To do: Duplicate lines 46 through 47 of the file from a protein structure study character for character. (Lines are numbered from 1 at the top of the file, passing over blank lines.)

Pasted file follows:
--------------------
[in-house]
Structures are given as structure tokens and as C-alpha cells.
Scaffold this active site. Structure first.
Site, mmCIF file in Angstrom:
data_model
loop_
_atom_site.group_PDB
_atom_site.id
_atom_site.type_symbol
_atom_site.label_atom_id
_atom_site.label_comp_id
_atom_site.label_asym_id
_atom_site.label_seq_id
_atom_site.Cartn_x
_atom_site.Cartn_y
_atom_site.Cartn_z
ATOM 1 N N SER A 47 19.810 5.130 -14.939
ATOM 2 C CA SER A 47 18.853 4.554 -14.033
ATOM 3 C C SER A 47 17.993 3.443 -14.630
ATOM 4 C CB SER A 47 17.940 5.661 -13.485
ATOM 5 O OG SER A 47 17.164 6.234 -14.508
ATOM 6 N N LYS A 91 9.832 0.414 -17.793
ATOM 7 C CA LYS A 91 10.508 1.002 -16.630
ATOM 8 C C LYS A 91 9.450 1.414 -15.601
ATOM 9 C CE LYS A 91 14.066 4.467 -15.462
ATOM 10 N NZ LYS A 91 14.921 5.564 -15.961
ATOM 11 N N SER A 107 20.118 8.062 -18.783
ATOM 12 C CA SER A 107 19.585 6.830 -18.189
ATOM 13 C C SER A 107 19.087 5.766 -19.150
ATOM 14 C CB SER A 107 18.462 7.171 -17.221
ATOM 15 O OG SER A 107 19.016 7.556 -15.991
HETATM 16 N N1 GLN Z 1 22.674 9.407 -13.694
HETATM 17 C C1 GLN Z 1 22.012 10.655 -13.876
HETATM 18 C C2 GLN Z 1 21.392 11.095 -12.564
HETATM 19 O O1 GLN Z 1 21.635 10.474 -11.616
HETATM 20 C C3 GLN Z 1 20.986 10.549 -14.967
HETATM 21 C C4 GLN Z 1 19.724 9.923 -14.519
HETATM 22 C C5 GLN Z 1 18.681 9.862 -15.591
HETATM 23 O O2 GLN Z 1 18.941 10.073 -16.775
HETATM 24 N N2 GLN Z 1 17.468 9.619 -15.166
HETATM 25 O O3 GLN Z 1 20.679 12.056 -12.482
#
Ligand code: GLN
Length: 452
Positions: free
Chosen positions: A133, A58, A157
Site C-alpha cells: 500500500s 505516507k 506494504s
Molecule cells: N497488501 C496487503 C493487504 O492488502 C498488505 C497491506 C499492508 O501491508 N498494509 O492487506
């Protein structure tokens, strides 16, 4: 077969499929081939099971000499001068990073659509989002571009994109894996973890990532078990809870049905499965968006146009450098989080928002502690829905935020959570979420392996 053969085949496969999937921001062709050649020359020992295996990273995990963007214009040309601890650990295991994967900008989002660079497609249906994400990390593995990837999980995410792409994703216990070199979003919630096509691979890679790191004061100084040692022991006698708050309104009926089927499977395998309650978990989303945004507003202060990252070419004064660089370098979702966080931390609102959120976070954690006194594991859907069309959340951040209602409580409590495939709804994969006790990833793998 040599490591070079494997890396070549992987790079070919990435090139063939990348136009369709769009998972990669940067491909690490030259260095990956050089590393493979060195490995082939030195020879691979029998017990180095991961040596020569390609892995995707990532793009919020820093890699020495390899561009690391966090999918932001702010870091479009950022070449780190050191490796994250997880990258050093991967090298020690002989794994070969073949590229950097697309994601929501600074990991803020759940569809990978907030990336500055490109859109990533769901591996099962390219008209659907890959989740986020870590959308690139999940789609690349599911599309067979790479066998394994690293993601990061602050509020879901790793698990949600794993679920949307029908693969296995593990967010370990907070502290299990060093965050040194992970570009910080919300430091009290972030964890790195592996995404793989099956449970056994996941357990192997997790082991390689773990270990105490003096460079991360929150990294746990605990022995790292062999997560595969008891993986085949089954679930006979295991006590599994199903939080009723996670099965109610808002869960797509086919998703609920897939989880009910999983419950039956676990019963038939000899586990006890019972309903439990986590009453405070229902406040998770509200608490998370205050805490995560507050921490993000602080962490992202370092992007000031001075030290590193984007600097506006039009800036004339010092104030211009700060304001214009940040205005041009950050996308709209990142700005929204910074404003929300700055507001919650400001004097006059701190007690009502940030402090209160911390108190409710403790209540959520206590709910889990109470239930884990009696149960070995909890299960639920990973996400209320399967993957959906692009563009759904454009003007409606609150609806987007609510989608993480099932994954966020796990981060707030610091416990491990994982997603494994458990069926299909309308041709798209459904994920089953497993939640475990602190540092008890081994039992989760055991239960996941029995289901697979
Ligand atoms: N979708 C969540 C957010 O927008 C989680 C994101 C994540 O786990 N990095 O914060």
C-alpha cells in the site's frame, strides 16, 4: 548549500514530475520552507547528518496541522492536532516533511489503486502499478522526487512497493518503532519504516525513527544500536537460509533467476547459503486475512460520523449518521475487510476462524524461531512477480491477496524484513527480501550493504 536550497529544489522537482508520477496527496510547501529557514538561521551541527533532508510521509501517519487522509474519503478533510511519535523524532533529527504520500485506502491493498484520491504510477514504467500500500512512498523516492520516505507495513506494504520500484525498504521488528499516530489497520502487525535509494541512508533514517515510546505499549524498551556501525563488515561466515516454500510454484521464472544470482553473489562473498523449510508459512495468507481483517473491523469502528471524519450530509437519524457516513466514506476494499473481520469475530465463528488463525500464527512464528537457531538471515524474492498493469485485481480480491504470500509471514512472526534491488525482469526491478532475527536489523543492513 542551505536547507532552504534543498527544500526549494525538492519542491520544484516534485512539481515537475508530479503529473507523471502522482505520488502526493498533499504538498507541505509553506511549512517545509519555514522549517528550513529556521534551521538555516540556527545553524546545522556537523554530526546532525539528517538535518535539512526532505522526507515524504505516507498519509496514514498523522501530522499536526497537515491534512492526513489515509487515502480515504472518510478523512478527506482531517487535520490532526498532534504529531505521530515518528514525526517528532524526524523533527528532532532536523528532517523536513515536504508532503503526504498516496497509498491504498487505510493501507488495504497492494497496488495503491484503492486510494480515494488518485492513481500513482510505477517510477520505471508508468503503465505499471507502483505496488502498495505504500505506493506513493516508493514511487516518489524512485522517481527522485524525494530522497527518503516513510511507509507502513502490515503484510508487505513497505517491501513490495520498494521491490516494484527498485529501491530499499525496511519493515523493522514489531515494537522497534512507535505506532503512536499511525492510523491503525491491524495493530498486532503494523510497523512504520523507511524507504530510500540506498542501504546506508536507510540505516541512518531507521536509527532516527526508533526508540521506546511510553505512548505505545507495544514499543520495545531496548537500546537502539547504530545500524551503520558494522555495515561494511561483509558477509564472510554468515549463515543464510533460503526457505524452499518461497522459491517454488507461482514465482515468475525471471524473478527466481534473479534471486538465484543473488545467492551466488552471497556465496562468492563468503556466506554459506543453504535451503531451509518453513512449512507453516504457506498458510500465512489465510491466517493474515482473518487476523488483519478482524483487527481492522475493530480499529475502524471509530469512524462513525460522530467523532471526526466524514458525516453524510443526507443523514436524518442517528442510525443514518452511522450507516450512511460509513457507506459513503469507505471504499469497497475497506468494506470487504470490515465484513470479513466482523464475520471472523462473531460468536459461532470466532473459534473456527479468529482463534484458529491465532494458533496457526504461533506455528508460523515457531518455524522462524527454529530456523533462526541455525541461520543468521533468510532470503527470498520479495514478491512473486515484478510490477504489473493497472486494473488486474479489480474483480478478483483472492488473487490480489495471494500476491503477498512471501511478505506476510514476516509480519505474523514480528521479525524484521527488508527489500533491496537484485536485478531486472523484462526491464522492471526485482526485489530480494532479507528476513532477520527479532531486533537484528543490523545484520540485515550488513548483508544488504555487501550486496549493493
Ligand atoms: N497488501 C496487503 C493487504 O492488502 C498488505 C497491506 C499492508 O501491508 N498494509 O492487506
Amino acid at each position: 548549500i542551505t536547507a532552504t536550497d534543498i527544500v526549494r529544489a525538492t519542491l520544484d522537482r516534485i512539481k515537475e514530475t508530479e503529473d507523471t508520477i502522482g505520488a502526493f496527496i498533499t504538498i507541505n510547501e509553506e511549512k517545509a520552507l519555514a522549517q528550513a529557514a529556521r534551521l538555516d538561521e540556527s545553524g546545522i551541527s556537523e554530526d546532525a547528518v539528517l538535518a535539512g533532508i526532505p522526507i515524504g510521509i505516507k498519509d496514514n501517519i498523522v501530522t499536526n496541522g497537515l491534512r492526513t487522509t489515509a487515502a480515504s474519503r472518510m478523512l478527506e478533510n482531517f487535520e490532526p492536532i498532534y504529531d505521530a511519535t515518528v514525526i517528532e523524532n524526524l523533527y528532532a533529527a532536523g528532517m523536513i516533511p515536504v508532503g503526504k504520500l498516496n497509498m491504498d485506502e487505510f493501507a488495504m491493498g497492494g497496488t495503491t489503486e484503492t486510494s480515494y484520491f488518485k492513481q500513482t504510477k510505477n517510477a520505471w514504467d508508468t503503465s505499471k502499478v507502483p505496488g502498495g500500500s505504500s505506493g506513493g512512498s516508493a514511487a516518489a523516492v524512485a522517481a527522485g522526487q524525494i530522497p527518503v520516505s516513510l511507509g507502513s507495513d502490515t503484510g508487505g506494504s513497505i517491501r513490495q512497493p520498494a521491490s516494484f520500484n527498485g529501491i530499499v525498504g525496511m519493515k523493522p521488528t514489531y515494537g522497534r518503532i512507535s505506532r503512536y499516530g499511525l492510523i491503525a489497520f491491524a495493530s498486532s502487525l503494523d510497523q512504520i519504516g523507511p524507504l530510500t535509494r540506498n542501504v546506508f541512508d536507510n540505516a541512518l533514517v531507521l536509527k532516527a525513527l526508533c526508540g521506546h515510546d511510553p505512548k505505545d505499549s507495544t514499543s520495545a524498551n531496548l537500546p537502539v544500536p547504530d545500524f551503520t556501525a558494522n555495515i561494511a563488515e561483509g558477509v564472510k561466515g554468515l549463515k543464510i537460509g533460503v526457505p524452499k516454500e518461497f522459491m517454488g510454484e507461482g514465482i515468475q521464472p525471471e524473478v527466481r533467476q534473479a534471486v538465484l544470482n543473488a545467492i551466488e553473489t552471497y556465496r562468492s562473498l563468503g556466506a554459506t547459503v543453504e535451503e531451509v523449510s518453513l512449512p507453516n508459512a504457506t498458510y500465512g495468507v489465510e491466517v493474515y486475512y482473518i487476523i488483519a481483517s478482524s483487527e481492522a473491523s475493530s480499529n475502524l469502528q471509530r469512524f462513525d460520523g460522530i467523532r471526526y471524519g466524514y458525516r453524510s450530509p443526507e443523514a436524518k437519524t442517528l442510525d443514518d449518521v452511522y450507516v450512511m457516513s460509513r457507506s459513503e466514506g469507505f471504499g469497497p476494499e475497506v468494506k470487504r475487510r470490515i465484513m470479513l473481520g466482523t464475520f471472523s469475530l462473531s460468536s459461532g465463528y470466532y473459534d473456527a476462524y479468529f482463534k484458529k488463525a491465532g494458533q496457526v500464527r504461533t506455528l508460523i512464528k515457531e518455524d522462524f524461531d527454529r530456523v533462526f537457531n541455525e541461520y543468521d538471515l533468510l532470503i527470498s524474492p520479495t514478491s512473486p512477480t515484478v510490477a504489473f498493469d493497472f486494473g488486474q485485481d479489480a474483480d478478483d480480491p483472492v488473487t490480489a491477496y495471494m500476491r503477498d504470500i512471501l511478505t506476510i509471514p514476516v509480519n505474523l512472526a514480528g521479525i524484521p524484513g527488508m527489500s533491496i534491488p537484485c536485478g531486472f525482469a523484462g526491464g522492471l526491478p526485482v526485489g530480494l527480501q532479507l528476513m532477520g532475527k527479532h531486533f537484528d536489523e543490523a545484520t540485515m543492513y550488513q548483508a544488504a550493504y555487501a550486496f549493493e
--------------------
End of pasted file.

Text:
Chosen positions: A133, A58, A157
Site C-alpha cells: 500500500s 505516507k 506494504s